This is why breaking a law results in a penalty. The enacting of a penalty speaks to—or better, declares—the value or worthiness of the thing being protected. If no penalty follows the transgression of a law, we learn that whatever the so-called law is guarding must not be worth much. If the penalty for transgression is severe, we learn that it is precious. Penalties teach. I discovered at a young age, for instance, that lying to my parents yielded a stronger penalty than squabbling with my brother over a toy. The lesson I learned from these different penalties? The truth is more precious than toys. The very idea of a penalty may be repugnant to human beings, but a penalty is what gives meaningfulness to the law as a guardian of worth (or schoolmaster or tutor; cf. Gal. 3:24). If the law is the sentry guarding that which is precious, the penalty is the sentry’s pointy bayonet. It gives the law its prick, substance, meaning.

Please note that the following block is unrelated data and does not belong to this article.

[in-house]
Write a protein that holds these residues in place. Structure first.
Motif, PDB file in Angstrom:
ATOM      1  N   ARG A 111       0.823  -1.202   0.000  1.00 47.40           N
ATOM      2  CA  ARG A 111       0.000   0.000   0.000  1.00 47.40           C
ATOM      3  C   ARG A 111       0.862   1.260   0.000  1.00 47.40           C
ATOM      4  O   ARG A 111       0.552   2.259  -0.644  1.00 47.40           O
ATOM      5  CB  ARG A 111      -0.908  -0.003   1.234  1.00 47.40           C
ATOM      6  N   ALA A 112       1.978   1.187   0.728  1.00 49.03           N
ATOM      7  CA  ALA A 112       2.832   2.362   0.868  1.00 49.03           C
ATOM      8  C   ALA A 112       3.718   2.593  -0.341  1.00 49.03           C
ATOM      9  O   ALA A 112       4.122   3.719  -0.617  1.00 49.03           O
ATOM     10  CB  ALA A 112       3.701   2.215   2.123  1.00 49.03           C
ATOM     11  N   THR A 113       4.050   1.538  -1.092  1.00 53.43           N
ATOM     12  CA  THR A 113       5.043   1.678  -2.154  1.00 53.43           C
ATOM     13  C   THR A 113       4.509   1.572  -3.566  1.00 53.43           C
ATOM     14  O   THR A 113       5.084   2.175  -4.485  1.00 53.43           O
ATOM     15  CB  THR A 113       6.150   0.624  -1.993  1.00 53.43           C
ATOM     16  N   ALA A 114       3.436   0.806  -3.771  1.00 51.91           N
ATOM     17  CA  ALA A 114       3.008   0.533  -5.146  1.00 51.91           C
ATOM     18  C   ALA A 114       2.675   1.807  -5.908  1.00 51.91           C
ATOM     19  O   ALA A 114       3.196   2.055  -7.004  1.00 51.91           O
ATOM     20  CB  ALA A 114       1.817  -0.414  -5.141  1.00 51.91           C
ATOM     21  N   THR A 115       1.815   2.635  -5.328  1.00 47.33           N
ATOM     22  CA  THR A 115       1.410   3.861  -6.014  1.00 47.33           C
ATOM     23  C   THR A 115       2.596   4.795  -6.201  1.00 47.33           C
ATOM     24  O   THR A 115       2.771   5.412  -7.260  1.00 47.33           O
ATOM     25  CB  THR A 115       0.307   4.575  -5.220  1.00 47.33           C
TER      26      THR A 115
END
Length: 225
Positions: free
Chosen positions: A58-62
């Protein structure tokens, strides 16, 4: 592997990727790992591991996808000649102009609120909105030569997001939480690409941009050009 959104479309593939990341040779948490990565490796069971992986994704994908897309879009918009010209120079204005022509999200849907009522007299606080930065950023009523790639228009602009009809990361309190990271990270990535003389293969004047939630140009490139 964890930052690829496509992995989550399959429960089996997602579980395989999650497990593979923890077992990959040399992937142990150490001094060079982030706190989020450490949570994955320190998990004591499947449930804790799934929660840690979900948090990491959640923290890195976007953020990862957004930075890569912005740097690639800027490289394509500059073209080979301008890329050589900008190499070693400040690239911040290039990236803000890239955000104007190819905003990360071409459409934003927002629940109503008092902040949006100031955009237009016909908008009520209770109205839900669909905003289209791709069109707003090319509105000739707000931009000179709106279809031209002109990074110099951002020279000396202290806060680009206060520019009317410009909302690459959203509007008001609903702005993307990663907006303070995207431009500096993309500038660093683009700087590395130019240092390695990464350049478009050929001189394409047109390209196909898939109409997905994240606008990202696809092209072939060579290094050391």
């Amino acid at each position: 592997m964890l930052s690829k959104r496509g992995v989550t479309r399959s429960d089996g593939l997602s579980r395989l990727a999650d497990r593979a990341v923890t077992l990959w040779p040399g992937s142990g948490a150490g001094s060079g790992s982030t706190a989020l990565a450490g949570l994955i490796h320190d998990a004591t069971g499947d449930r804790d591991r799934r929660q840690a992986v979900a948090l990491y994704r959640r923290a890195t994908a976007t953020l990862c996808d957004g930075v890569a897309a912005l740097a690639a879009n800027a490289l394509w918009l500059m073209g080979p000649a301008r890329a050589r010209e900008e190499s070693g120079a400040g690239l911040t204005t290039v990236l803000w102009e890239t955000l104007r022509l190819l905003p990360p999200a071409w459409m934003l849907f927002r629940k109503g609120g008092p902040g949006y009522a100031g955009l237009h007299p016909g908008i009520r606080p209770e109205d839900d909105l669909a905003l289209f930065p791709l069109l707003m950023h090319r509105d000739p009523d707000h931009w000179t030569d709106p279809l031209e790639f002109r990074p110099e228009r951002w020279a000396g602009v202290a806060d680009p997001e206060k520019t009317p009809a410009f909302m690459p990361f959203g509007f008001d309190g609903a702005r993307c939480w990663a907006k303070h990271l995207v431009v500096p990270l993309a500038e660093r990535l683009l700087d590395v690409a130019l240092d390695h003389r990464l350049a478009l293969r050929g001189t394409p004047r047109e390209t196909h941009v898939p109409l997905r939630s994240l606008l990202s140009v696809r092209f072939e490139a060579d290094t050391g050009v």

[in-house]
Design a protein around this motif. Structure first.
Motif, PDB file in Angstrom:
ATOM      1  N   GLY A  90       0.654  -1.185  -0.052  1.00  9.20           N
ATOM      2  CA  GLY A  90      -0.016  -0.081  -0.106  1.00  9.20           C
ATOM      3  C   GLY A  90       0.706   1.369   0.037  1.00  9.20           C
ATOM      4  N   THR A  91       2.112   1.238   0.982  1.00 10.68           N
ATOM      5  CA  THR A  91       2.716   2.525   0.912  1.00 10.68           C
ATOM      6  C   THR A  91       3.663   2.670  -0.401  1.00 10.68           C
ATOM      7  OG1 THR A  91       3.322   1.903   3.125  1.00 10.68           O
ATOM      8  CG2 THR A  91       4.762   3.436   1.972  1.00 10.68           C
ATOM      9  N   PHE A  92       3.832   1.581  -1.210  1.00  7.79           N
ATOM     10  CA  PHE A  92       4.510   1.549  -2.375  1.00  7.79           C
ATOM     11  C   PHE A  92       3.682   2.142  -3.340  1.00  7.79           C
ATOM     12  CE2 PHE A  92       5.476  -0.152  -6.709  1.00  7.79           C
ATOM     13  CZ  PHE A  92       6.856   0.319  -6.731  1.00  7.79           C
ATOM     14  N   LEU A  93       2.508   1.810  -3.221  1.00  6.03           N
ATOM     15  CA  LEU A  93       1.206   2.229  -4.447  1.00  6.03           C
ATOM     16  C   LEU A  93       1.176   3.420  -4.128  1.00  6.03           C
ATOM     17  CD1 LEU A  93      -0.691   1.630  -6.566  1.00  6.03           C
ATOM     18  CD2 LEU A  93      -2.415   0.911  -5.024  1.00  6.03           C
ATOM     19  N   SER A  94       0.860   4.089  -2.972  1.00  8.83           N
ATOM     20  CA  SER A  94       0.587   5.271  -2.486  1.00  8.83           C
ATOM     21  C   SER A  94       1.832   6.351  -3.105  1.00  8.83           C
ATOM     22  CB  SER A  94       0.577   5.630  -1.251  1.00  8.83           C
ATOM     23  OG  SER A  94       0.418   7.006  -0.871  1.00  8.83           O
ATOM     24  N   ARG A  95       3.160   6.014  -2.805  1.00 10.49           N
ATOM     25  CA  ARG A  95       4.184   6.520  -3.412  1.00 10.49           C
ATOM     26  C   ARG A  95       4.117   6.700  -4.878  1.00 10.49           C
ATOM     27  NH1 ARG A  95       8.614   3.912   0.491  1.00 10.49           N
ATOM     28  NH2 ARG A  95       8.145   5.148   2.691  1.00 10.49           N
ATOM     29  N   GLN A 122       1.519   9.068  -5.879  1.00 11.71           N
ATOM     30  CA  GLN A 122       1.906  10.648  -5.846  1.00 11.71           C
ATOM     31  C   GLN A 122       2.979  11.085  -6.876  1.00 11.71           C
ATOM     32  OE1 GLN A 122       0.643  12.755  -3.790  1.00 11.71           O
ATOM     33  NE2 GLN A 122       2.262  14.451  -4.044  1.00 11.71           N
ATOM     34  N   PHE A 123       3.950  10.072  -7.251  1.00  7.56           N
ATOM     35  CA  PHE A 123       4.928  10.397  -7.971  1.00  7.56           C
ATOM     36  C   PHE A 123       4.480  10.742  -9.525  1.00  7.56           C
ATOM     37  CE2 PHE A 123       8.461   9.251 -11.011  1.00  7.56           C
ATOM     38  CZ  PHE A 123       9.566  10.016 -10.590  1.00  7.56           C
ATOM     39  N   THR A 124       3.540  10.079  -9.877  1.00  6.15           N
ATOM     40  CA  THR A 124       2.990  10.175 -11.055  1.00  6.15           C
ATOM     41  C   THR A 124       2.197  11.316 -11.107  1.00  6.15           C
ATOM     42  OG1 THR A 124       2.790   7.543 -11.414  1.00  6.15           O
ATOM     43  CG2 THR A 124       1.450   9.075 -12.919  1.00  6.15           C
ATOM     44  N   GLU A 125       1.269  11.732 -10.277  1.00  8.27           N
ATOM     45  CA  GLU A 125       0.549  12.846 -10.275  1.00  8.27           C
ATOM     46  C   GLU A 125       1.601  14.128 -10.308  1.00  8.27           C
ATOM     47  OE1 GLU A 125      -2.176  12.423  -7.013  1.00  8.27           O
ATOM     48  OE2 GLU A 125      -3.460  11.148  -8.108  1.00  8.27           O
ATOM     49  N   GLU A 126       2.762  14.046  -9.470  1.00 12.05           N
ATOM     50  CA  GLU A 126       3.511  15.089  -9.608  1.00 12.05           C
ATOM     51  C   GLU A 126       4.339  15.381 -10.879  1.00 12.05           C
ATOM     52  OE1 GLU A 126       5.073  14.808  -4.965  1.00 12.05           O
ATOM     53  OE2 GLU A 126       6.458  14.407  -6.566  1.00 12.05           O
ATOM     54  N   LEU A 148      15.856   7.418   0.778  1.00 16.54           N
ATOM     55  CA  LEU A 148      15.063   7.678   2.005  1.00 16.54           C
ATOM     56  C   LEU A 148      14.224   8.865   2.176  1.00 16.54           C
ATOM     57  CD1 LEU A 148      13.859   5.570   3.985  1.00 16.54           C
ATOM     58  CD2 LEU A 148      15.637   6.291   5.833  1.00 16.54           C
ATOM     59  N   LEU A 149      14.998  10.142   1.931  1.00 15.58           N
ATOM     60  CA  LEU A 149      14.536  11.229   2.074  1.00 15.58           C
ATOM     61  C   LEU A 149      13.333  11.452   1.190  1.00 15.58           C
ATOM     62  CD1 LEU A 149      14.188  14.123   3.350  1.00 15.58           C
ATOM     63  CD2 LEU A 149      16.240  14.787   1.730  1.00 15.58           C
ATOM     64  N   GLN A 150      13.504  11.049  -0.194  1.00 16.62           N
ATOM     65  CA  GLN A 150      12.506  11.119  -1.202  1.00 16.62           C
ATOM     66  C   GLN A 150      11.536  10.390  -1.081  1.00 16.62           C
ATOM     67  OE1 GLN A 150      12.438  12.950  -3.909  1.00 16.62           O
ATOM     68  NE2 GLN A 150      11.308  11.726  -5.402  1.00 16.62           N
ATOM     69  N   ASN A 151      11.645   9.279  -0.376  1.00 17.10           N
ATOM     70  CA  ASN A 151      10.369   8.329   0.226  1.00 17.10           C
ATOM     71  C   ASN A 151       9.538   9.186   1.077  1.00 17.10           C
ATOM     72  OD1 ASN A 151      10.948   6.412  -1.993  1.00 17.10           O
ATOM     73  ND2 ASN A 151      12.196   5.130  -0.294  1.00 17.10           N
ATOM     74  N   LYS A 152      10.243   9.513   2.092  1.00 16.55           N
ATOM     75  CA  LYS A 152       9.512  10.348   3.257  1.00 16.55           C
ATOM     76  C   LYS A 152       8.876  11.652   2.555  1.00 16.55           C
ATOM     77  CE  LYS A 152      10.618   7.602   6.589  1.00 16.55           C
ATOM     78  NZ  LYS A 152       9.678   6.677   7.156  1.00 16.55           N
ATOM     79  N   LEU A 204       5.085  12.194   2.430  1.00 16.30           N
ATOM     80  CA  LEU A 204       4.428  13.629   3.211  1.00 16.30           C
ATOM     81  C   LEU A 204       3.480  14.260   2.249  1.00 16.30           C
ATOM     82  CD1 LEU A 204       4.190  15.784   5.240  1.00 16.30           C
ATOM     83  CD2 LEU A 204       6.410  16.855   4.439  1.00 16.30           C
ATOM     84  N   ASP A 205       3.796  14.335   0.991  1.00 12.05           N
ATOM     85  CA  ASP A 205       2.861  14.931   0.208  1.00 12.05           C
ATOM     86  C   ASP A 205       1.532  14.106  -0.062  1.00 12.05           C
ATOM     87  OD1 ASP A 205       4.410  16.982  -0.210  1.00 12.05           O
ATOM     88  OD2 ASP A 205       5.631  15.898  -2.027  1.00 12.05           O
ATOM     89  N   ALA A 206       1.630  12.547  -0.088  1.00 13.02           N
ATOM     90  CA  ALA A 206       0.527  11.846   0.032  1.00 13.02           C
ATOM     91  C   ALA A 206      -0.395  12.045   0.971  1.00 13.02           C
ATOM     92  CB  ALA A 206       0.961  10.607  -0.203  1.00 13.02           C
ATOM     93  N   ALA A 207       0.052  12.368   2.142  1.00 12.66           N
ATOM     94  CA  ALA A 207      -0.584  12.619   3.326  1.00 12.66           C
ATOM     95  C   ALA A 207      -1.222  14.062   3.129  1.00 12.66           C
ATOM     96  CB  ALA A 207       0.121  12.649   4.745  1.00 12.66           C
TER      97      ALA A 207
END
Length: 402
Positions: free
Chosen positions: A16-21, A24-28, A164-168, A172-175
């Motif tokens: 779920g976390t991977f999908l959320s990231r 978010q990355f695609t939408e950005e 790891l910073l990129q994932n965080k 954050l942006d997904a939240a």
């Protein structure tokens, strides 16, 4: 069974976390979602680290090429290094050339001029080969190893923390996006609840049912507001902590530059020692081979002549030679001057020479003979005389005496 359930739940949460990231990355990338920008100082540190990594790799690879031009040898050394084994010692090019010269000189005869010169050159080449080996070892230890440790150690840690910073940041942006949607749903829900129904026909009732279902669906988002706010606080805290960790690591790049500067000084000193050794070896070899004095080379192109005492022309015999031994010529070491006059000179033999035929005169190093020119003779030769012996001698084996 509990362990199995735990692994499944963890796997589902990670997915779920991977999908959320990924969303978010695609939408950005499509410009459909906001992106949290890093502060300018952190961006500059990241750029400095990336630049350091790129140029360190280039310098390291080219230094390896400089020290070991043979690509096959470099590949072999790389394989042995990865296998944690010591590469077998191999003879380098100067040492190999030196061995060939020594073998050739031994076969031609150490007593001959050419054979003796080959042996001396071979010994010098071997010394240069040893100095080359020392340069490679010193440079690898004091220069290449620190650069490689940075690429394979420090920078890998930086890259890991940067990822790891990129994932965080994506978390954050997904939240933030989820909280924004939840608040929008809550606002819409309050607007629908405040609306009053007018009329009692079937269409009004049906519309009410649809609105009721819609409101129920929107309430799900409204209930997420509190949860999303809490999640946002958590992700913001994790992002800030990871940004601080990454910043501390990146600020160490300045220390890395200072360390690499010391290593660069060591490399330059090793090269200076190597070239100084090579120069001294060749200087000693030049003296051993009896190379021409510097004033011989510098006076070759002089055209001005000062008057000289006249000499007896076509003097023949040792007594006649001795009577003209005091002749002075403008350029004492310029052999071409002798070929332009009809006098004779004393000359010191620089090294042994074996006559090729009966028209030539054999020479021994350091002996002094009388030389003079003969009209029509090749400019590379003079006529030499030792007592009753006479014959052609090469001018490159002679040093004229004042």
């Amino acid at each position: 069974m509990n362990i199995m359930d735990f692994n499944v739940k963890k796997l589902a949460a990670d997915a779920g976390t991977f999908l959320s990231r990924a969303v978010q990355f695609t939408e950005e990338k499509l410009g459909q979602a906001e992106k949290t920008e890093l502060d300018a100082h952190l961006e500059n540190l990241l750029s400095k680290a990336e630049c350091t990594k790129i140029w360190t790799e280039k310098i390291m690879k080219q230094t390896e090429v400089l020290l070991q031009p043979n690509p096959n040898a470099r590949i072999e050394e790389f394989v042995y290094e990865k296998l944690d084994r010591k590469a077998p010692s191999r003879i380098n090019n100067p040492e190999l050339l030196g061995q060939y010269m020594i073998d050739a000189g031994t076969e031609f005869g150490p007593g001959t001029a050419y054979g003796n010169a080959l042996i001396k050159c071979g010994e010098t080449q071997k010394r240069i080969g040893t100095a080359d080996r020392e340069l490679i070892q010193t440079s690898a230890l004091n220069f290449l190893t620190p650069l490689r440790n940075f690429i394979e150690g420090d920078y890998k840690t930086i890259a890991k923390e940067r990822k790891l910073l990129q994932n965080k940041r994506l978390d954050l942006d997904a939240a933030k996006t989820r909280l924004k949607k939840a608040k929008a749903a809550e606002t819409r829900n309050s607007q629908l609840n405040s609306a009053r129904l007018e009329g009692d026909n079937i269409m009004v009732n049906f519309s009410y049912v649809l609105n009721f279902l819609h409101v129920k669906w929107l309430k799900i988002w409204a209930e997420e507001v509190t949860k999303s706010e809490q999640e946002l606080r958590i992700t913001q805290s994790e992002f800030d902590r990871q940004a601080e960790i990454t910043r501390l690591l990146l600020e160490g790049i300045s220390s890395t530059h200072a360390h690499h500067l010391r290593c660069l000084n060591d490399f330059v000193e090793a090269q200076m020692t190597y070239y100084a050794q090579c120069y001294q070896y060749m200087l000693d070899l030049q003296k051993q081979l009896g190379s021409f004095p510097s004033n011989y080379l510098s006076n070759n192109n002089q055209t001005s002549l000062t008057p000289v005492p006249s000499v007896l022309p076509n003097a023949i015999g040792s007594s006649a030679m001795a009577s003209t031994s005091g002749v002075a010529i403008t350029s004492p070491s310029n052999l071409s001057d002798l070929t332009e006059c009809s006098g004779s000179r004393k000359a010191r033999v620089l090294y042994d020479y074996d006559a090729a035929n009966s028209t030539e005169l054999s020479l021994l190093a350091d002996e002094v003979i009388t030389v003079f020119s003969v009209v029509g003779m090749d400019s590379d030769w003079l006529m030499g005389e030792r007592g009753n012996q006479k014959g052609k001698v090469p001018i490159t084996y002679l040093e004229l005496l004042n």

It’s worth observing that at least part of our repugnance to the whole concept of a penalty must result from the fact that, in this fallen world, penalties rarely "match the crime." A law will be ill-conceived, and so the sentry stabs too hard, or not hard enough. Not only that, multiple layers of crimes and penalties may conflict with one another. So seventeen years of hard labor seems overwrought for the starving Jean Val Jean’s act of stealing a loaf of bread. He’s wrong to steal, certainly, but we also assume that various crimes of the state have been committed against him and resulted in his impoverished condition. Still, we can assume that, in principle, a penalty is just or right when it’s appropriately measured to the value of the thing the law is guarding.

So God says to Noah, "Whoever sheds the blood of man, by man shall his blood be shed" (Gen. 9:6a). Why so severe? Human life is precious. Taking life must therefore result in the severest of earthy punishments. Letting a murderer go free is to say, "Ah, the life which he took wasn’t worth much anyway."

What’s interesting to notice in this particular passage of Scripture is why human life is described as precious. Here’s the entire verse: "Whoever sheds the blood of man, by man shall his blood be shed; for in the image of God has God made man" (Gen. 9:6). The preciousness of human life, it seems, is found entirely in the fact that humans image God. Our worth is derivative. It’s derived from the one we image.